What does sale of Fresh Bakery in US say about Sara Lee ?
- November 30, 2010
||buyer and seller announcements, November 2010
||North American Fresh Dairy business of Sara Lee (USA)
||Grupo Bimbo SAB (Mexico), leading bakery products group in the Americas
||Sara Lee Corp. (USA), international consumer products group
||consolidate leadership in fresh bakery in USA, brands, synergies
||focus on core beverages and protein products portfolio
||deal includes perpetual royalty -free rights to 'Sara Lee' brand
Including the sale of its North American Fresh Bakery business to Grupo Bimbo, Sara Lee's group revenues will have shrunk by 33% in two years. We try to unravel the complex rationale for this deal, and understand the trajectory of Sara Lee after it.
By selling its International Household and Body Care business in 2009, and now NAFB, Sara Lee has lopped over US$ 4 bln from its pre-divestments total sales revenue of US$ 13 bln.
Ostensibly that's been to focus on businesses with the biggest operating contribution (see chart). That explains selling NAFB, with its tiny 5% margin; but IHBC, discontinued in FY2010, would've contributed US$ 254 mln (12% margin).
So Sara Lee's divestment rationale might equally be defined as financial; a need to raise money quick by selling what's sellable.
That's confirmed by Sara Lee's parallel announcements, to raise its dividend, and to implement a share repurchase programme of at least US$ 2,5 bln; all designed to boost the group's long-suffering share price.
The huge cost required to stem NAFB's decline, and restructure its 40 plants, would've impaired Sara Lee's self -liquidation process; in that sense it needed to sell NAFB to a consolidating Grupo Bimbo, even at a low valuation.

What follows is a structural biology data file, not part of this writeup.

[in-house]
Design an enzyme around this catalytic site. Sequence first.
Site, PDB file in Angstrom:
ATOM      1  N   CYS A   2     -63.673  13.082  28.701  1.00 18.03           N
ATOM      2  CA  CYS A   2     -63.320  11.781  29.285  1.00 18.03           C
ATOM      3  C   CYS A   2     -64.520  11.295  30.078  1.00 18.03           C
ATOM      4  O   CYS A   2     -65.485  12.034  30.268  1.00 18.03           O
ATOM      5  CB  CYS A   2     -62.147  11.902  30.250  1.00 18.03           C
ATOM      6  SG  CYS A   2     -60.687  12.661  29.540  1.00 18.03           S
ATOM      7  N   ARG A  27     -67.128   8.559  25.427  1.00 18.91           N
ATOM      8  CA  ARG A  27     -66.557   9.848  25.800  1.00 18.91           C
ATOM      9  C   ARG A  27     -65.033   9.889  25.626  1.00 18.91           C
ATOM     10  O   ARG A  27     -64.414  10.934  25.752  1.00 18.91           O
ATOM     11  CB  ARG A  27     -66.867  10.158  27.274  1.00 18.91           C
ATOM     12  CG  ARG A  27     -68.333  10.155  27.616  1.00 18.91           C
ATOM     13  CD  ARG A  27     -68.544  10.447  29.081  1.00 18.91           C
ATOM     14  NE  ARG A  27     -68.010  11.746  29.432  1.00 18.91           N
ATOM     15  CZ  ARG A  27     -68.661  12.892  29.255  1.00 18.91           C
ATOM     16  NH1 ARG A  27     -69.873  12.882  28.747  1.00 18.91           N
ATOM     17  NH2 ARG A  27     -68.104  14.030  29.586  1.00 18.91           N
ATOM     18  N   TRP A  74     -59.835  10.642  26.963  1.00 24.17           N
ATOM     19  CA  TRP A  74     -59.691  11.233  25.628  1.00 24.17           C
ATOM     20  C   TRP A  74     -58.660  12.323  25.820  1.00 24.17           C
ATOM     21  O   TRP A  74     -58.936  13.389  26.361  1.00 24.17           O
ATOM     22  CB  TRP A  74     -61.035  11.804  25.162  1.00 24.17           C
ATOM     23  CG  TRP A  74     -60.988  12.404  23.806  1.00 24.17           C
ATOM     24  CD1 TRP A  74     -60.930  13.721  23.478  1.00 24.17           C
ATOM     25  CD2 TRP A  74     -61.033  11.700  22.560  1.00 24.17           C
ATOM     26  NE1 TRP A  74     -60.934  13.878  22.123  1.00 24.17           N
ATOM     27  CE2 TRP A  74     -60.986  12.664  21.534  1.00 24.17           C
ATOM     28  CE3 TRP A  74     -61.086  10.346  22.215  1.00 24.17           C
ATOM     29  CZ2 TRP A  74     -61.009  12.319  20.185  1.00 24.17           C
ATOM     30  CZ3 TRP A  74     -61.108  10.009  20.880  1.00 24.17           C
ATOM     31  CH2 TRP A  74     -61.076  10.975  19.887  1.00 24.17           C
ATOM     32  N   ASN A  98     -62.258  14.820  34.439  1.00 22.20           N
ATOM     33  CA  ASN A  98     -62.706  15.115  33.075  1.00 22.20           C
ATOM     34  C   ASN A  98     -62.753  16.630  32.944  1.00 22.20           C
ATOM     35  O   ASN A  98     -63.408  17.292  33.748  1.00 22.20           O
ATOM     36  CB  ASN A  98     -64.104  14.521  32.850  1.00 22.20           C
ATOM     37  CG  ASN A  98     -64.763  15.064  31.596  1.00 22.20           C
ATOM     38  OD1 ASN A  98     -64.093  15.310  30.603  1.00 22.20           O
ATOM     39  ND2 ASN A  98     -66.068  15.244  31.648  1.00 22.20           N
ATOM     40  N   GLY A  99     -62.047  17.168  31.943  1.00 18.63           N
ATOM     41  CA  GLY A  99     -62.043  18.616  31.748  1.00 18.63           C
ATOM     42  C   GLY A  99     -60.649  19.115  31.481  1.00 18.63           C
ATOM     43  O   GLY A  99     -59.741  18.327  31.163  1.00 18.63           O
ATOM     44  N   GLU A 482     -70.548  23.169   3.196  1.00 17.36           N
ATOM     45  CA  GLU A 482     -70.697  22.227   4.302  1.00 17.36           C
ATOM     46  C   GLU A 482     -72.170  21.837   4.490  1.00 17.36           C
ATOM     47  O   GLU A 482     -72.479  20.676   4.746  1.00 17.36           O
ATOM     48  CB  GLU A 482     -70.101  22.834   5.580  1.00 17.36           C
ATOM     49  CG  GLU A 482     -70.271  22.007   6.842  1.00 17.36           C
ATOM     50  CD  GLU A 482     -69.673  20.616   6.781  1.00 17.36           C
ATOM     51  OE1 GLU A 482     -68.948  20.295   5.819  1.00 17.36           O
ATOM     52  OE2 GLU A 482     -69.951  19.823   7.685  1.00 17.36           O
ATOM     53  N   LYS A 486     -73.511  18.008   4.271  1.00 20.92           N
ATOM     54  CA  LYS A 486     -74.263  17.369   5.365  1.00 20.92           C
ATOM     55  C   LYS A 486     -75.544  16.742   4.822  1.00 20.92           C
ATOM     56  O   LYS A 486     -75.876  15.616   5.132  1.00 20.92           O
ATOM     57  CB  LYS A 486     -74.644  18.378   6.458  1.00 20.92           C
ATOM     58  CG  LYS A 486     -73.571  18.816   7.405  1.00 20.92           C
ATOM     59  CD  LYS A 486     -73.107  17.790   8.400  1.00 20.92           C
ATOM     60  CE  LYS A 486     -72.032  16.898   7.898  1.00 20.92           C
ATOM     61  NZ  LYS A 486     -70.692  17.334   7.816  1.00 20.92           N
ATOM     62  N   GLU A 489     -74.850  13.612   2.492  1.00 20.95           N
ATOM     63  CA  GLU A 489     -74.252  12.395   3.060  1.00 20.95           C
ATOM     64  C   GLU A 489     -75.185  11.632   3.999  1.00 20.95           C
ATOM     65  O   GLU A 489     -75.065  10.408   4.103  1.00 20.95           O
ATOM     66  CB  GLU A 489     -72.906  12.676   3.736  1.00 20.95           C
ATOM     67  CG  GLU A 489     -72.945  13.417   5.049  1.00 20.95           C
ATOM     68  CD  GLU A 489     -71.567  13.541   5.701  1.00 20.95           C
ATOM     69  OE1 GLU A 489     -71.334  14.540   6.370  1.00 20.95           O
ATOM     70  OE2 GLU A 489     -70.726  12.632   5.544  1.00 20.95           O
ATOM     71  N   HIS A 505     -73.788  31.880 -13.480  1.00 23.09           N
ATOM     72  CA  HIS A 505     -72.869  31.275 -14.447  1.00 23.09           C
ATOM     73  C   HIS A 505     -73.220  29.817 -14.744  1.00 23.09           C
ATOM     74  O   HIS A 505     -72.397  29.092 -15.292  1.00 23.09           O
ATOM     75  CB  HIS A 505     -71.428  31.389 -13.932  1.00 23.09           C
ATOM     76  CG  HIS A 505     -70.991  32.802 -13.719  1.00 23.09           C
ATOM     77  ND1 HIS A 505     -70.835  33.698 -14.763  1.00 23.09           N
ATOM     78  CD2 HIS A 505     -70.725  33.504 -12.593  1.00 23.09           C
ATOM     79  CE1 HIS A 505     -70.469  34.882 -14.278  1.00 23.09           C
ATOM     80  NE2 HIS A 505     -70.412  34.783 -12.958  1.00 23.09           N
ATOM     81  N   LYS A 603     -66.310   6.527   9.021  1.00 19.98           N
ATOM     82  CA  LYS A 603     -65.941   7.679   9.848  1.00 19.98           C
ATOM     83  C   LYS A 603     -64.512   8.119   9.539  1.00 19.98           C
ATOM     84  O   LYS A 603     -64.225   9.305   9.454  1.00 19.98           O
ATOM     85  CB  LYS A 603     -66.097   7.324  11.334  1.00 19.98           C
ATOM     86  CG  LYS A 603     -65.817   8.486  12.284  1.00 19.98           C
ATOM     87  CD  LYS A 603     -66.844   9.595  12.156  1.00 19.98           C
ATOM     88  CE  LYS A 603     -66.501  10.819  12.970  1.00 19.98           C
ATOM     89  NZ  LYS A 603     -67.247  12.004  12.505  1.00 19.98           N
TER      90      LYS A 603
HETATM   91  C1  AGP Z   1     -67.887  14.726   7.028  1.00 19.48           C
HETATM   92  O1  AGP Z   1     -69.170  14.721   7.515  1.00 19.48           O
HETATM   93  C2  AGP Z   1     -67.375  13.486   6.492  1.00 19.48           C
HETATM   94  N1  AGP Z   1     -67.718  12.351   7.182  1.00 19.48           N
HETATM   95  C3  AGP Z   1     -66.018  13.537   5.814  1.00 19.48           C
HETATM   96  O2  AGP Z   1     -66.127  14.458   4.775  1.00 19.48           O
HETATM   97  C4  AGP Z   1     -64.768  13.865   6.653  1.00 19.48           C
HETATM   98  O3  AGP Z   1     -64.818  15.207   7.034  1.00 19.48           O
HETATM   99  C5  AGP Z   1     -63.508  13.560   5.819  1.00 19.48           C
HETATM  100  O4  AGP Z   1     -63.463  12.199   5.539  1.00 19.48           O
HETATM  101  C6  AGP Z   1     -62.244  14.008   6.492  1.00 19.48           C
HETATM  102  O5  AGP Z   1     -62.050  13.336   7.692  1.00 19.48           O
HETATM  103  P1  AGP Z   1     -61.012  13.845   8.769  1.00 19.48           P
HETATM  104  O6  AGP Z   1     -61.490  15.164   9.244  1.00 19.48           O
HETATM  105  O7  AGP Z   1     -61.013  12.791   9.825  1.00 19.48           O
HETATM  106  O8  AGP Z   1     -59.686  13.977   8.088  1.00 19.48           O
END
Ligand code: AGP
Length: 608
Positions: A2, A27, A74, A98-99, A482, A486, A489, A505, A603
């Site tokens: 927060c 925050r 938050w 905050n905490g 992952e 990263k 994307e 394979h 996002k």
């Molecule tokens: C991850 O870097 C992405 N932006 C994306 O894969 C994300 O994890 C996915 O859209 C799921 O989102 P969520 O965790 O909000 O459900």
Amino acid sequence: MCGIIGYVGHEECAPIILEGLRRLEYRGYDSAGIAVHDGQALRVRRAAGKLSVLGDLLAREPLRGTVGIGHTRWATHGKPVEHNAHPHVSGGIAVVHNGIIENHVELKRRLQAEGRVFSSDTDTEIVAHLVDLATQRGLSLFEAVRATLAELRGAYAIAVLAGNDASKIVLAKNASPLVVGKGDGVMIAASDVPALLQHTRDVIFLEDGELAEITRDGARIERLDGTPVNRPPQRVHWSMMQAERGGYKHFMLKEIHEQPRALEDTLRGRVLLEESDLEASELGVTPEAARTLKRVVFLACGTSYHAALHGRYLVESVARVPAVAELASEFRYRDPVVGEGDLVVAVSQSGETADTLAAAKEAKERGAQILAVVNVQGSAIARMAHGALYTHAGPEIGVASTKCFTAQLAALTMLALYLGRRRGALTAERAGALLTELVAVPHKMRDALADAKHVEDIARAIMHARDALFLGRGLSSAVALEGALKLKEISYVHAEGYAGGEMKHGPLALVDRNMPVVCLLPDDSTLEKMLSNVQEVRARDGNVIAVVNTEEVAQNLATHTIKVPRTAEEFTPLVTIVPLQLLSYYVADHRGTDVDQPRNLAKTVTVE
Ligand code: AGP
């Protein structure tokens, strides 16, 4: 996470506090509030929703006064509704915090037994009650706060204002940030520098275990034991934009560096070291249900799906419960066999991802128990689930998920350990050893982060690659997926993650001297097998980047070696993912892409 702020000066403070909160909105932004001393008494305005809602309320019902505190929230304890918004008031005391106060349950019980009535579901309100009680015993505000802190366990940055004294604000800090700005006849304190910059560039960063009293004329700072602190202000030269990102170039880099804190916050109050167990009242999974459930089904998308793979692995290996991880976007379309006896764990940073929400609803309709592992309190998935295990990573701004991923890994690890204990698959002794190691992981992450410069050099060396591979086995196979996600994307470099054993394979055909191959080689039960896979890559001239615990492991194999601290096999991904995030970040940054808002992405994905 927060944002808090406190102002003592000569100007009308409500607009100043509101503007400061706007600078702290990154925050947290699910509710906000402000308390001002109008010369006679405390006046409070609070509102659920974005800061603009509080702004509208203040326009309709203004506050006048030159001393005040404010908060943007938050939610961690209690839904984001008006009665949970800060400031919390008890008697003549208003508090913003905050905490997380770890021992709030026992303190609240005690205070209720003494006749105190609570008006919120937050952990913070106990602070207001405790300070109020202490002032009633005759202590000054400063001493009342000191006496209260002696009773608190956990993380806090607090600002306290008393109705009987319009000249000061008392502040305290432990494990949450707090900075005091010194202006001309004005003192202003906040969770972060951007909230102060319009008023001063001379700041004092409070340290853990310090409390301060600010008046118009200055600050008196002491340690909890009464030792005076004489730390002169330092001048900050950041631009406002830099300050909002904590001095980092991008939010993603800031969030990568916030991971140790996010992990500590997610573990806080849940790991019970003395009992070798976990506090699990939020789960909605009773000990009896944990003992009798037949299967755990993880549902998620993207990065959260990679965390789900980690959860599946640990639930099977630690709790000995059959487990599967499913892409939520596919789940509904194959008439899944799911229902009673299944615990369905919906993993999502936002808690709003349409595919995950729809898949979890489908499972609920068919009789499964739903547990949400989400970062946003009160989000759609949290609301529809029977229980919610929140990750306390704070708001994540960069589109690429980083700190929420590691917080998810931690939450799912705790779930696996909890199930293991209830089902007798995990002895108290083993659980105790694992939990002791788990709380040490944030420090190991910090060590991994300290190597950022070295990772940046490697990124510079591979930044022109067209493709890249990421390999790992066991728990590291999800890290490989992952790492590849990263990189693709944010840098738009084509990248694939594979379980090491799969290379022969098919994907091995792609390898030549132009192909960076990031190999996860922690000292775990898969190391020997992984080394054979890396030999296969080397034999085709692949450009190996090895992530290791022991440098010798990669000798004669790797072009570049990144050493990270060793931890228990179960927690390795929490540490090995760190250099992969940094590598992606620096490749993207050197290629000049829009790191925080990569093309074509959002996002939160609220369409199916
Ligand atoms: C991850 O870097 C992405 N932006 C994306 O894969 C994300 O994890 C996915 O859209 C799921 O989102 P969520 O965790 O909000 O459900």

But how much further is there to go in Sara Lee's divestment process, and is there an 'irreducible core' strategy for the group itself, going forward ?
Undoubtedly the last 'low-hanging' asset for Sara Lee to sell is its International Bakery division, given its small operating contribution (see chart), similar decline to that of NAFB, and the fact that it constitutes less than 10% of group turnover.
One potential buyer for that business in future is, again, Grupo Bimbo. IB would give that group the market leading position in packaged bread and pastries in Iberia, and a foothold in Europe.
The added frisson is that the Spanish version of the 'Bimbo' brand, originally owned by Grupo Bimbo but since 1978 wholly separate, would be 'returning home' to Mexican ownership if that deal happened.
That would leave Sara Lee with the its three biggest operating profit contributors, as its core business.
Essentially these are coffee & tea outside the US; branded meats and frozen sweets in the US; and foodservice covering these categories in the US.
In adjusted and pro-forma terms, those three businesses together grew their operating margin to nearly 14% in 2010, from under 12% in 2009. So on that level there's hope for a sustainable Sara Lee.
On the other hand, with a 2% top-line decline in that period, these businesses have a problem with growth.
That could be remedied with further investment behind key brands like 'Douwe Egberts' in coffee, 'Hillshire Farm' in meats, and 'Sara Lee' in frozen desserts.
The big question is whether Sara Lee, with such strong divestment momentum, won't decide that an easier option is to treat these businesses also as 'not sustainable on a stand-alone basis'.